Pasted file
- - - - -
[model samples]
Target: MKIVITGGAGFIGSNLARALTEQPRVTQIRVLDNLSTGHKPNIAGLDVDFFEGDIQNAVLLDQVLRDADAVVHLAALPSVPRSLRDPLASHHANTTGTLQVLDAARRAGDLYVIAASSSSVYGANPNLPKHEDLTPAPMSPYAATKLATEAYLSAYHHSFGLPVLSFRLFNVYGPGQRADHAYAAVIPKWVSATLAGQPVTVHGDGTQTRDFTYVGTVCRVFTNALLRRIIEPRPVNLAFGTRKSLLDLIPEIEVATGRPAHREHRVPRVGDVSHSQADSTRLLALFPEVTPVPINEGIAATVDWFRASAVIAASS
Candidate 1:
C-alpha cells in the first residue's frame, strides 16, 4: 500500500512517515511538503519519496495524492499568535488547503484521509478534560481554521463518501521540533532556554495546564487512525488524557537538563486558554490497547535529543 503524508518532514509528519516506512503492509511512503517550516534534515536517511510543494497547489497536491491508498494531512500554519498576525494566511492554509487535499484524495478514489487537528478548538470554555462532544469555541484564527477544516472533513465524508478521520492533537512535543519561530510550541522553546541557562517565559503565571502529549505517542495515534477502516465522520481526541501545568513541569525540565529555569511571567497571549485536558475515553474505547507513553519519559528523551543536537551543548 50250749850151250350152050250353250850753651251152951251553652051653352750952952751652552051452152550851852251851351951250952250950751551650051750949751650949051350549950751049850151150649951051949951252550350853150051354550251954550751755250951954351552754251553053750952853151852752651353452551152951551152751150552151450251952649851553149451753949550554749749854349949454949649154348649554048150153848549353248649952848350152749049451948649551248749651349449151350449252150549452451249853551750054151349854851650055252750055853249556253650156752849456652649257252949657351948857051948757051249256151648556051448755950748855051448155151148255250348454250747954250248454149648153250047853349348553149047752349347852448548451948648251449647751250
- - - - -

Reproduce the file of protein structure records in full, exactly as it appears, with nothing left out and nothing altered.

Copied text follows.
[model samples]
Target: MKIVITGGAGFIGSNLARALTEQPRVTQIRVLDNLSTGHKPNIAGLDVDFFEGDIQNAVLLDQVLRDADAVVHLAALPSVPRSLRDPLASHHANTTGTLQVLDAARRAGDLYVIAASSSSVYGANPNLPKHEDLTPAPMSPYAATKLATEAYLSAYHHSFGLPVLSFRLFNVYGPGQRADHAYAAVIPKWVSATLAGQPVTVHGDGTQTRDFTYVGTVCRVFTNALLRRIIEPRPVNLAFGTRKSLLDLIPEIEVATGRPAHREHRVPRVGDVSHSQADSTRLLALFPEVTPVPINEGIAATVDWFRASAVIAASS
Candidate 1:
C-alpha cells in the first residue's frame, strides 16, 4: 500500500512517515511538503519519496495524492499568535488547503484521509478534560481554521463518501521540533532556554495546564487512525488524557537538563486558554490497547535529543 503524508518532514509528519516506512503492509511512503517550516534534515536517511510543494497547489497536491491508498494531512500554519498576525494566511492554509487535499484524495478514489487537528478548538470554555462532544469555541484564527477544516472533513465524508478521520492533537512535543519561530510550541522553546541557562517565559503565571502529549505517542495515534477502516465522520481526541501545568513541569525540565529555569511571567497571549485536558475515553474505547507513553519519559528523551543536537551543548 50250749850151250350152050250353250850753651251152951251553652051653352750952952751652552051452152550851852251851351951250952250950751551650051750949751650949051350549950751049850151150649951051949951252550350853150051354550251954550751755250951954351552754251553053750952853151852752651353452551152951551152751150552151450251952649851553149451753949550554749749854349949454949649154348649554048150153848549353248649952848350152749049451948649551248749651349449151350449252150549452451249853551750054151349854851650055252750055853249556253650156752849456652649257252949657351948857051948757051249256151648556051448755950748855051448155151148255250348454250747954250248454149648153250047853349348553149047752349347852448548451948648251449647751250